Basically, rule table 20 describes all the possible connections of the functional components within a particular computer system, such as multiprocessor computer system 10 from
Referring now to
Otherwise, if the source functional component does exist within the computer system, a destination functional component is read from a destination functional unit column of the same row, as depicted in block 34. A determination is made as to whether or not the corresponding destination functional component actually exists within the computer system, as shown in block 35. If the destination functional component does not exist within the computer system, the process proceeds to block 37 to read another destination functional component listed in the same row. Otherwise, if the destination functional component does exist within the computer system, then a logical connection is placed between the source functional component object and the destination functional component object within a hardware object model, as depicted in block 36. A determination is then made as to whether or not there is another destination functional component listed in the same row, as shown in block 37. If there is another destination functional component listed in the same row, the process goes back to block 34.
Otherwise, if there is not another destination functional component listed in the same row, another determination is made as to whether there is another row in the rule table, as depicted in block 38. If there is another row in the rule table, the process goes back to block 31 to read another row. Otherwise, the process exits at block 99.
As has been described, the present invention provides an improved method for providing connection information of functional components within a computer system for the purpose of building a hardware object model for the computer system. The rule table of the present invention allows a user the flexibility of including only table files. With the rule table of the present invention, the user is able to make changes to the connections without recompiling the code in order to generate a new hardware object model when there is a change in computer system configuration.
It is also important to note that although the present invention has been described in the context of a fully functional computer system, those skilled in the art will appreciate that the mechanisms of the present invention are capable of being distributed as a program product in a variety of forms, and that the present invention applies equally regardless of the particular type of signal bearing media utilized to actually carry out the distribution. Examples of signal bearing media include, without limitation, recordable type media such as floppy disks or CD ROMs and transmission type media such as analog or digital communications links.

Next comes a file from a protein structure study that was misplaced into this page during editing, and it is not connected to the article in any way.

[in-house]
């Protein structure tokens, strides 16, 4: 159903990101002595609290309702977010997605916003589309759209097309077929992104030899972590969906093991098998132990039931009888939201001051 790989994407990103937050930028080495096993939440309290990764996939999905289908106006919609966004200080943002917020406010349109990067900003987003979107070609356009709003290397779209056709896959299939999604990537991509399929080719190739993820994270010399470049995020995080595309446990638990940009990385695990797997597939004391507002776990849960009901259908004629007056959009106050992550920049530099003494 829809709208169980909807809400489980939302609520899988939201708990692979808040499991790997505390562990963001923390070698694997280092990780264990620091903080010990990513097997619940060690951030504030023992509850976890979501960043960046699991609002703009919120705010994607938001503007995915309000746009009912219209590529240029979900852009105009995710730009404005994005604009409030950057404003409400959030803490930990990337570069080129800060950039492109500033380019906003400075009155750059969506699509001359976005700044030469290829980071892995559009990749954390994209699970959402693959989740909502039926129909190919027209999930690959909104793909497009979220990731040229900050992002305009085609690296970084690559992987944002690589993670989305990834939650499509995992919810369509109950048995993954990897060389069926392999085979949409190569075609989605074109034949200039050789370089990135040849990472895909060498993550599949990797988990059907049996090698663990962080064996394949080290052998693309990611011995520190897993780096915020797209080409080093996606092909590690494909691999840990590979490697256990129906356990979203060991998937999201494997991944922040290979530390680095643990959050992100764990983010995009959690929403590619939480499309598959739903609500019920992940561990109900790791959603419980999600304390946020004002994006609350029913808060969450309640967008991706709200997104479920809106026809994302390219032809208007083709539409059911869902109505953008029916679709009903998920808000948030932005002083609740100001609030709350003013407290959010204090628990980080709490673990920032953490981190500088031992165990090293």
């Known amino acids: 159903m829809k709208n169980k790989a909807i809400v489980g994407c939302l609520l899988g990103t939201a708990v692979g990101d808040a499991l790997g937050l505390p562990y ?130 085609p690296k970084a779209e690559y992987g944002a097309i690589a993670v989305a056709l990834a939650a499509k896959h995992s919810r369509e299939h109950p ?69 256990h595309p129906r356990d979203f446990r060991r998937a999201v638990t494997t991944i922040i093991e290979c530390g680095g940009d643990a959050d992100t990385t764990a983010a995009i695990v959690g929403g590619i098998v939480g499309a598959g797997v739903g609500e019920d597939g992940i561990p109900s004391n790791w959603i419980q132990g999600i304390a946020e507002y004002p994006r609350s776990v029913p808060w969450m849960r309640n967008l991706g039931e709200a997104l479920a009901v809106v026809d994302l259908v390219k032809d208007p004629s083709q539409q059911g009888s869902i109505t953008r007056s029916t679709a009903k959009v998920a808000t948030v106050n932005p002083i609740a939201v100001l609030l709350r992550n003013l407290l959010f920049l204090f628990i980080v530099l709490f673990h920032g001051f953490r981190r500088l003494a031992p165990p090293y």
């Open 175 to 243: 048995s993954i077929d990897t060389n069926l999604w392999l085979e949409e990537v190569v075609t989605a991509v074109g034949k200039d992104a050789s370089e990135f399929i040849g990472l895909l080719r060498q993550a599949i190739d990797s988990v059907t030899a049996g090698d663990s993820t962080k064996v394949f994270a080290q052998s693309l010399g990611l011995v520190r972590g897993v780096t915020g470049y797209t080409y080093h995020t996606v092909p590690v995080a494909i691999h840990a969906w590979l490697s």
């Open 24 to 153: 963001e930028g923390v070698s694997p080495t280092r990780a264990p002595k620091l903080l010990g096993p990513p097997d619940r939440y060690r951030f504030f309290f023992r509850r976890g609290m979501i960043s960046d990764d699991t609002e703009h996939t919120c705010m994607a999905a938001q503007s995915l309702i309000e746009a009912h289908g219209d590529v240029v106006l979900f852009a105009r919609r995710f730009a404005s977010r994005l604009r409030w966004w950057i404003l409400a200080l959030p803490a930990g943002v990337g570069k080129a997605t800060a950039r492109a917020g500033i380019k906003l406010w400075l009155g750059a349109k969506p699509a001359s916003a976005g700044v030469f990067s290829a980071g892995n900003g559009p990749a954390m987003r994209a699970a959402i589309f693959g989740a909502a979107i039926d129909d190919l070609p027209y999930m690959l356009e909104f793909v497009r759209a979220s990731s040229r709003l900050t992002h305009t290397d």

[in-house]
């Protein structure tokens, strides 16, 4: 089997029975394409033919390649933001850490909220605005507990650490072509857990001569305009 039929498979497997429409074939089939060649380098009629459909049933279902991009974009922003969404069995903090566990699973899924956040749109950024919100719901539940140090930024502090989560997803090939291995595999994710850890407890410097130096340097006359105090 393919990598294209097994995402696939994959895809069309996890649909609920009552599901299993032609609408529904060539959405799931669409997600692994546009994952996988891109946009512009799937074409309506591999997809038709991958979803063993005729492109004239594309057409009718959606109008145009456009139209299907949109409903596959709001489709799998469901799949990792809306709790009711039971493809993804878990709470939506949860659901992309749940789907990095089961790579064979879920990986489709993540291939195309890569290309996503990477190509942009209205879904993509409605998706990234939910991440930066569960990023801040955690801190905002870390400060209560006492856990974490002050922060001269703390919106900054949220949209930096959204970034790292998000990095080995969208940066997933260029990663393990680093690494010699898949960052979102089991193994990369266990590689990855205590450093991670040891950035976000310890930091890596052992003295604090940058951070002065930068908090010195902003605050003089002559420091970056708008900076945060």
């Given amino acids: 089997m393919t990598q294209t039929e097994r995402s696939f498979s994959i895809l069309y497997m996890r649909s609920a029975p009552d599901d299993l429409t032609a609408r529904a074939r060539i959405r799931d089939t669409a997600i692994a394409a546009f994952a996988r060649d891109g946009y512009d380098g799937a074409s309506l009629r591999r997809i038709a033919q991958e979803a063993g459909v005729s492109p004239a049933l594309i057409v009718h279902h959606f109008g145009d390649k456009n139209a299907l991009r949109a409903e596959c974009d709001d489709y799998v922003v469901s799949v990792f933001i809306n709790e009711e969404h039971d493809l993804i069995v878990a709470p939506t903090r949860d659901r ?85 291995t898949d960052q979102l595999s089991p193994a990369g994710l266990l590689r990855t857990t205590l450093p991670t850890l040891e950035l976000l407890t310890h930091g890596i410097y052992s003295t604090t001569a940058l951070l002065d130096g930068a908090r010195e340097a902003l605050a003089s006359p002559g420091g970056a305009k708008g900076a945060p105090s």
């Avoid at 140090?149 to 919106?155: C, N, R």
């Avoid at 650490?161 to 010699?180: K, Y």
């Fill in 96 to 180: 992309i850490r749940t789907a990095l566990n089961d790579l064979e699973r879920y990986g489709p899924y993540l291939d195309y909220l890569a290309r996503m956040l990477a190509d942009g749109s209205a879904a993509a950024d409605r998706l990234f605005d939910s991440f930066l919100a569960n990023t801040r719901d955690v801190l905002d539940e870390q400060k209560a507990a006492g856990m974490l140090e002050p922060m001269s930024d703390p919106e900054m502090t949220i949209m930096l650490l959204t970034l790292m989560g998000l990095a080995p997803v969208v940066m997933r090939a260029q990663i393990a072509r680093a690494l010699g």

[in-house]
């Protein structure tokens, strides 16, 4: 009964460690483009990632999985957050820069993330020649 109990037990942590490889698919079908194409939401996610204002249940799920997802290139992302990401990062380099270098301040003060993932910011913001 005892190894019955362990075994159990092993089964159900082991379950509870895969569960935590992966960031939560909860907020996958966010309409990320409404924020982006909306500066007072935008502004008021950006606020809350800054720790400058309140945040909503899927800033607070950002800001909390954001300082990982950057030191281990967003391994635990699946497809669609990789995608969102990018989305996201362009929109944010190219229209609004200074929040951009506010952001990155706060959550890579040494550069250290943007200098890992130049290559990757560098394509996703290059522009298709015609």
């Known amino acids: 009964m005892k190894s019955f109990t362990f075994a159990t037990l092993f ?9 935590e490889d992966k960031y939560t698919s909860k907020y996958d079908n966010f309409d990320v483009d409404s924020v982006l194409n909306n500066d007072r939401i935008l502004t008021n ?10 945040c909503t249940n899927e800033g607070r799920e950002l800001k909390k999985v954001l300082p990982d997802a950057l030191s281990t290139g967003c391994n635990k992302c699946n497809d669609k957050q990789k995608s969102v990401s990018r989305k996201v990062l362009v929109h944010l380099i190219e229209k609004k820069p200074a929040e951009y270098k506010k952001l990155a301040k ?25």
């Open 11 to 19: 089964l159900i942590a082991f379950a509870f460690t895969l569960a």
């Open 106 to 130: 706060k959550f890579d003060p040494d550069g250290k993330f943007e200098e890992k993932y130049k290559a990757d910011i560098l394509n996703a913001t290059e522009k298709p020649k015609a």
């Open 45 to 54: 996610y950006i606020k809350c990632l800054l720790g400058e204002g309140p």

While the invention has been particularly shown and described with reference to a preferred embodiment, it will be understood by those skilled in the art that various changes in form and detail may be made therein without departing from the spirit and scope of the invention.
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|U.S. Classification||706/47, 717/105, 703/17|
|International Classification||G06F9/44, G06N5/02|
|May 29, 2003||AS||Assignment|
Owner name: INTERNATIONAL BUSINESS MACHINES CORPORATION, NEW Y
Free format text: ASSIGNMENT OF ASSIGNORS INTEREST;ASSIGNORS:CHATTERJEE, ANIRBAN;KREISSIG, ASTRID CHRISTIANE;REEL/FRAME:014126/0490;SIGNING DATES FROM 20030520 TO 20030526
|Sep 28, 2010||CC||Certificate of correction|
|May 10, 2013||REMI||Maintenance fee reminder mailed|
|Sep 29, 2013||LAPS||Lapse for failure to pay maintenance fees|
|Nov 19, 2013||FP||Expired due to failure to pay maintenance fee|
Effective date: 20130929